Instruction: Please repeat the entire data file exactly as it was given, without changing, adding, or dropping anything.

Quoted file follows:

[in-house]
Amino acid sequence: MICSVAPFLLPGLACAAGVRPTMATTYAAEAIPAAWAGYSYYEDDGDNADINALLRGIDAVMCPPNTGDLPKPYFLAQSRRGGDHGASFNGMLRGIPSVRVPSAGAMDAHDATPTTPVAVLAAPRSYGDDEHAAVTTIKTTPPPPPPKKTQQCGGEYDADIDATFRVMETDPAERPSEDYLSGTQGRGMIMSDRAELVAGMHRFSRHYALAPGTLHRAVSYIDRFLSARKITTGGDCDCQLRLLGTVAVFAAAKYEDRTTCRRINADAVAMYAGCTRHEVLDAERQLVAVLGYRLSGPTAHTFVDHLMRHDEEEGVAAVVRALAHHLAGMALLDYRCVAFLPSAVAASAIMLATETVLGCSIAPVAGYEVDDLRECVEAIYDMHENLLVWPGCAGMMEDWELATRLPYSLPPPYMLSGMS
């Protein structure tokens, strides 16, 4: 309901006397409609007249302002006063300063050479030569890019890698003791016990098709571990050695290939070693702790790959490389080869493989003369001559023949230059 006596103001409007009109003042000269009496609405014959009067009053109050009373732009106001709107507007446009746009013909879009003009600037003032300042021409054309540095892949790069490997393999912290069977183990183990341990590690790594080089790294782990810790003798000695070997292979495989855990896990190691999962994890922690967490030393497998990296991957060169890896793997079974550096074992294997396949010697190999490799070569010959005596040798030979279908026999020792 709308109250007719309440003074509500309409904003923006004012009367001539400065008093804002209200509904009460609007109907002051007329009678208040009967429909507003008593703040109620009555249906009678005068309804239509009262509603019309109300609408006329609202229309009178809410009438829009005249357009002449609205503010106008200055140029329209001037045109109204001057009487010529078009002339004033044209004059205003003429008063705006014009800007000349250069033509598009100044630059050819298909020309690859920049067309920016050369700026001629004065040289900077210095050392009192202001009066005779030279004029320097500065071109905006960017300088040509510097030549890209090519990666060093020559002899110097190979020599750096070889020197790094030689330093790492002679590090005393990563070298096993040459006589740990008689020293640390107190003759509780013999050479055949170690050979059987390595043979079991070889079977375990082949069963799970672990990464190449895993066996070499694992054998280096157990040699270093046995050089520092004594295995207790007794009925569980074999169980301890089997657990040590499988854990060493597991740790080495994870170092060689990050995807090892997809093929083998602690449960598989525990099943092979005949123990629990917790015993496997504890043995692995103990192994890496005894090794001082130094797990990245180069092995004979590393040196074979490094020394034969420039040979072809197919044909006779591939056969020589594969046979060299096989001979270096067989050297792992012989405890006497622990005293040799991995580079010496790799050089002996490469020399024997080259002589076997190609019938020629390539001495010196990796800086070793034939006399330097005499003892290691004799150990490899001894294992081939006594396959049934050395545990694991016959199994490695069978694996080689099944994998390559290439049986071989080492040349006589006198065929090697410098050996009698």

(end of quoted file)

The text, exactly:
[in-house]
Amino acid sequence: MICSVAPFLLPGLACAAGVRPTMATTYAAEAIPAAWAGYSYYEDDGDNADINALLRGIDAVMCPPNTGDLPKPYFLAQSRRGGDHGASFNGMLRGIPSVRVPSAGAMDAHDATPTTPVAVLAAPRSYGDDEHAAVTTIKTTPPPPPPKKTQQCGGEYDADIDATFRVMETDPAERPSEDYLSGTQGRGMIMSDRAELVAGMHRFSRHYALAPGTLHRAVSYIDRFLSARKITTGGDCDCQLRLLGTVAVFAAAKYEDRTTCRRINADAVAMYAGCTRHEVLDAERQLVAVLGYRLSGPTAHTFVDHLMRHDEEEGVAAVVRALAHHLAGMALLDYRCVAFLPSAVAASAIMLATETVLGCSIAPVAGYEVDDLRECVEAIYDMHENLLVWPGCAGMMEDWELATRLPYSLPPPYMLSGMS
């Protein structure tokens, strides 16, 4: 309901006397409609007249302002006063300063050479030569890019890698003791016990098709571990050695290939070693702790790959490389080869493989003369001559023949230059 006596103001409007009109003042000269009496609405014959009067009053109050009373732009106001709107507007446009746009013909879009003009600037003032300042021409054309540095892949790069490997393999912290069977183990183990341990590690790594080089790294782990810790003798000695070997292979495989855990896990190691999962994890922690967490030393497998990296991957060169890896793997079974550096074992294997396949010697190999490799070569010959005596040798030979279908026999020792 709308109250007719309440003074509500309409904003923006004012009367001539400065008093804002209200509904009460609007109907002051007329009678208040009967429909507003008593703040109620009555249906009678005068309804239509009262509603019309109300609408006329609202229309009178809410009438829009005249357009002449609205503010106008200055140029329209001037045109109204001057009487010529078009002339004033044209004059205003003429008063705006014009800007000349250069033509598009100044630059050819298909020309690859920049067309920016050369700026001629004065040289900077210095050392009192202001009066005779030279004029320097500065071109905006960017300088040509510097030549890209090519990666060093020559002899110097190979020599750096070889020197790094030689330093790492002679590090005393990563070298096993040459006589740990008689020293640390107190003759509780013999050479055949170690050979059987390595043979079991070889079977375990082949069963799970672990990464190449895993066996070499694992054998280096157990040699270093046995050089520092004594295995207790007794009925569980074999169980301890089997657990040590499988854990060493597991740790080495994870170092060689990050995807090892997809093929083998602690449960598989525990099943092979005949123990629990917790015993496997504890043995692995103990192994890496005894090794001082130094797990990245180069092995004979590393040196074979490094020394034969420039040979072809197919044909006779591939056969020589594969046979060299096989001979270096067989050297792992012989405890006497622990005293040799991995580079010496790799050089002996490469020399024997080259002589076997190609019938020629390539001495010196990796800086070793034939006399330097005499003892290691004799150990490899001894294992081939006594396959049934050395545990694991016959199994490695069978694996080689099944994998390559290439049986071989080492040349006589006198065929090697410098050996009698």